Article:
Paul Sparling, who began the 2020 season accepting athletic training's highest award, had a brief but telling conversation with the man holding college football's highest prize.
It was in the grim late November dim of a tomb-silent bus heading to the airport just a few hours after Bengals Heisman Trophy quarterback Joe Burrow's ACL had torn along with such a bright rookie season. Sparling, the Bengals' always unruffled long-time head certified athletic trainer fresh off being named the Outstanding NFL Athletic Trainer of the Year, told Burrow what he's been telling severely-injured players since before Burrow was born 24 years ago.
He would give Burrow just 24 hours to pout. To be angry and upset about the knee injury. After watching Burrow play for 10 games, Sparling wasn't surprised with the response.
"There's no pouting here."
"I don't even think he'd come to grips with it quite yet. But clearly he was focused forward," Sparling says. "And I think that's his makeup and that's what makes him special in many ways. I think it's going to be a blast to rehab him. In my mind he's going to make everyone look good."
Burrow's rehabilitation and drive to take the Opening Day snap began Monday, a process that Sparling oversees with his director or rehab, Nick Cosgray, putting the hands on.
It's a process that Sparling has seen been quite successful. No one in the NFL has seen more rehabs than Sparling. Except maybe the Giants' Ronnie Barnes and the Broncos' Steve Antonopulos.
They are the only two in the league that have been in training rooms longer than Sparling, promoted from the laundry to ligaments as a college student trainer at Wilmington College in the Bengals' 1978 training camp. When it comes to reconstructed knees, Sparling has seen the incisions go from zippers to pin pricks. Back then when they tried to re-build a knee, the entire side of the leg would be sliced away and it would be in a cast for six to eight weeks.
Now six weeks after surgery, Burrow isn't far away from running on an underwater treadmill.
"We've been getting people back from ACLs for decades," Sparling says. "They come back and play. Do they get back better now? You'd be hard pressed to say that they don't."
What Bengals fans want to know is if Sparling and Cosgray can work their magic like they did 15 years ago, when quarterback Carson Palmer took the first snap of the 2006 season eight months after a similar injury. He doesn't know. No one knows. Each rehab, each knee, each surgery is different.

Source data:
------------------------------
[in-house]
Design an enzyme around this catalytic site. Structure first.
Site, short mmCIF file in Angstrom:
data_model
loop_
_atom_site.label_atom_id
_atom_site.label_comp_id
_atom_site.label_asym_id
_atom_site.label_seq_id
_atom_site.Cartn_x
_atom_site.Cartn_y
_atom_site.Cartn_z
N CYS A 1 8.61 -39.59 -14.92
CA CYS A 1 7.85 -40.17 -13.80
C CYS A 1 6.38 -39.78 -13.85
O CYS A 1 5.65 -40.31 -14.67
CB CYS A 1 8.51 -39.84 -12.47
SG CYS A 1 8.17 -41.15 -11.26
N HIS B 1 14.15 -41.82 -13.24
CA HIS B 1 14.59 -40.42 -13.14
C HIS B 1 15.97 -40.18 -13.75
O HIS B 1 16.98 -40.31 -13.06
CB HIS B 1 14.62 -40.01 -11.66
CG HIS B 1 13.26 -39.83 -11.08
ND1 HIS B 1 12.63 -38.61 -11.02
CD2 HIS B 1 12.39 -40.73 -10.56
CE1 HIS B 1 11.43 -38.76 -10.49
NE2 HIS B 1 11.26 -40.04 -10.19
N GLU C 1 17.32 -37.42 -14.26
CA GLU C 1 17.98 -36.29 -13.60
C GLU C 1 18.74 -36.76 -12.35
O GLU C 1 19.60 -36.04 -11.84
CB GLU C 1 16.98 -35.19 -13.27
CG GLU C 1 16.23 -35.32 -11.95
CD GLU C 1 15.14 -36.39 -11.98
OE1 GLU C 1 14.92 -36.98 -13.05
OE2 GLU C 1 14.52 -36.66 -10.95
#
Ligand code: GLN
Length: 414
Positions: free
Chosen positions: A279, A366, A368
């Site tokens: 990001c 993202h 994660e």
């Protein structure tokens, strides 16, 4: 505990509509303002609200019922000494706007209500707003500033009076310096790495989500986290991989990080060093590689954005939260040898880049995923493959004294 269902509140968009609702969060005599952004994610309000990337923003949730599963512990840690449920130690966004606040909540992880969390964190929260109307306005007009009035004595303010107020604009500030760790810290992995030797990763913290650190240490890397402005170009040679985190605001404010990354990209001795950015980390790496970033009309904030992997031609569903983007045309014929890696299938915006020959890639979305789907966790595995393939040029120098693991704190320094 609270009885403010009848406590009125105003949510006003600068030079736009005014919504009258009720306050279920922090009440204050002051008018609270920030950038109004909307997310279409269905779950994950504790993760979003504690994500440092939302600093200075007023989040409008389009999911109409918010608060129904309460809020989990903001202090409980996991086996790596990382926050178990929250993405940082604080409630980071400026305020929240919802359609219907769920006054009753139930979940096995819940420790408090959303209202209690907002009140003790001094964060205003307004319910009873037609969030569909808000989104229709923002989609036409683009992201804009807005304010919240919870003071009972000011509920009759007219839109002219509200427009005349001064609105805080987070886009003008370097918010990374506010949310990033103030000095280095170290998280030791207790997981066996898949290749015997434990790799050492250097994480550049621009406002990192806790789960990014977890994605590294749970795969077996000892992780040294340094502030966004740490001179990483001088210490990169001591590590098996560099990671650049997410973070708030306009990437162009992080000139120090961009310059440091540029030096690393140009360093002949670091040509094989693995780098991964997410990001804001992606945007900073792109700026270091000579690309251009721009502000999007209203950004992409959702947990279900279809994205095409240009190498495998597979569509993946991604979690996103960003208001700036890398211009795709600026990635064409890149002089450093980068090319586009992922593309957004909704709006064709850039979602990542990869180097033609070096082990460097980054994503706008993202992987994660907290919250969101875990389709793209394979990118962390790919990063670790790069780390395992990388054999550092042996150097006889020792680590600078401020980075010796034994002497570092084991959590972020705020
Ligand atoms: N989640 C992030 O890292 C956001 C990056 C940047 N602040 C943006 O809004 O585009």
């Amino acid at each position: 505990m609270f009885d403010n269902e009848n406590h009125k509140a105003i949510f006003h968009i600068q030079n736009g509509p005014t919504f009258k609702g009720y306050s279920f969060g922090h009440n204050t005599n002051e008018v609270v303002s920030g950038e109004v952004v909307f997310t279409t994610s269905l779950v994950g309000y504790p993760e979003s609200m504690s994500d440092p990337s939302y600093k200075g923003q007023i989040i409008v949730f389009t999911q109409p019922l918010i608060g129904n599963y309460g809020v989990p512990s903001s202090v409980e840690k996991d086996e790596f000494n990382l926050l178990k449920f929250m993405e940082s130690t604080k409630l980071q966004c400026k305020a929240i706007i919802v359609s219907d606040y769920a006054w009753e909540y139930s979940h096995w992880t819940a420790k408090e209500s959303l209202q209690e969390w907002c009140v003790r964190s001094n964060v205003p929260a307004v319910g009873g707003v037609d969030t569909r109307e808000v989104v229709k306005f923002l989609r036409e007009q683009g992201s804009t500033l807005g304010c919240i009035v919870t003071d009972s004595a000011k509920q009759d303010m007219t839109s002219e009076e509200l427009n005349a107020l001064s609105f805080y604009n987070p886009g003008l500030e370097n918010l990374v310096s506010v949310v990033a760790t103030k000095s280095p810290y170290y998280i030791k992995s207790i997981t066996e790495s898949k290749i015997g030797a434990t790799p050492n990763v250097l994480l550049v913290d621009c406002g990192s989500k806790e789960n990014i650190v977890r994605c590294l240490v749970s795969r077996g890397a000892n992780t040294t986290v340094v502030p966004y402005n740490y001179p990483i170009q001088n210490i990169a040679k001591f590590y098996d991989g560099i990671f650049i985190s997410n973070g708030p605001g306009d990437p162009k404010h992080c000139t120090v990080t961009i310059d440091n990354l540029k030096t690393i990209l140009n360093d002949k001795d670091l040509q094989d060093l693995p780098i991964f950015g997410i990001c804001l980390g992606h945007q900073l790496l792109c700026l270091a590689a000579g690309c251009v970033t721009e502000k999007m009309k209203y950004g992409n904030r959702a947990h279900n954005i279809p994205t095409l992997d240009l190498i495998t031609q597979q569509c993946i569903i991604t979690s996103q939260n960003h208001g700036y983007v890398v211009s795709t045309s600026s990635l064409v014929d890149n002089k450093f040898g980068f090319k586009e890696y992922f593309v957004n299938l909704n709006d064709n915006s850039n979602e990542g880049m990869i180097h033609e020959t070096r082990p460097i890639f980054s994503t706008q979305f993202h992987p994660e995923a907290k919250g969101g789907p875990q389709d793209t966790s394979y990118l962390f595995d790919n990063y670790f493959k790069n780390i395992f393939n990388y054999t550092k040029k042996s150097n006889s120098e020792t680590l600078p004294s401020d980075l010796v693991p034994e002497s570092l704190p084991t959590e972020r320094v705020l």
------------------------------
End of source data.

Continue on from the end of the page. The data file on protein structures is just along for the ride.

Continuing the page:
They can only begin at the beginning. Sparling knows Burrow had a top-flight surgeon in Rams doctor Neal ElAttrache. He knows Burrow has suffered no complications. He saw the video Burrow posted the other week and the fact he was up and around walking showed he was able to go through the early stages.
"We've had good reports. I see no reason why he won't do well," Sparling says. "Based on the surgery he had and based on the injury he had, he's got a very predictable recovery. I think he can anticipate a full and complete recovery."
Sparling says some of the exercises may have changed and some of the strategies are different, but the hard-rock principles are still written in stone. Burrow is probably looking at five days a week for several hours a day in the Paul Brown Stadium training room.
"If rehab is done right, there is going to be pain," Sparling says. "There is going to be toughness, grit. It's not for the timid. It's not getting a haircut."
Sparling knows Burrow won't shy away from the shears as they attack the injury with the fundamentals.
"You got to get the motion back. You've got to get the swelling down," Sparling says. "You've got to get the strength back. You've got to the balance, the agility the coordination back. You've got to get the player's confidence back. Knowing they can plant that leg and knowing they can put stress on it and not worry about it buckling like it did before."
Sparling says there are no exercises for the mind. And that's OK because they believe the voraciously competitive Burrow has a corner on that. The challenge, Sparling says, is to mix up the routine and make it more challenging than the day before and with Cosgray in his 15th year on the job, he'll have plenty of surprises for Burrow.
"The people who have that personality, that love the challenge, the work, they do well," Sparling says, "and I think Joe will do very, very well."
But Sparling says rest is just as important as the work. It's why going seven days a week doesn't translate into a quicker recovery.
"You have to be sure to mitigate the swelling in the joint," Sparling says. "Everything has to be graduated. Everything has to be protected. You have to make sure the graft (replacing the ACL) isn't too loose for instability or too tight to prevent range of motion."
Besides modern medicine, Burrow has another advantage in his comeback on a reconstructed knee.
"The position of quarterback is probably the most forgiving of positions," Sparling says. "More so than wide receiver or running back or defensive back."
Sparling wants to keep Burrow pretty much under wraps. If you don't think coaches like distractions, trainers are probably No. 2 on that list. He knows that it is only the mundane (quad sets, leg lifts, hip turns) that give rise to milestones.
And there could be one soon when Burrow starts jogging underwater.
"Hopefully we can get him running in the water very soon," Sparling says. "You can do things in water that you can't do on dry land. The gravity has a minimal effect with the buoyancy of the water but you also have the resistance of the water as you're trying to move through it. It allows you to do things sooner than on land."
The other day Sparling heard Burrow predict he would be back for the opener. And he remembered the conversation on a grim, dim November bus.
"I wouldn't bet against him," Sparling says.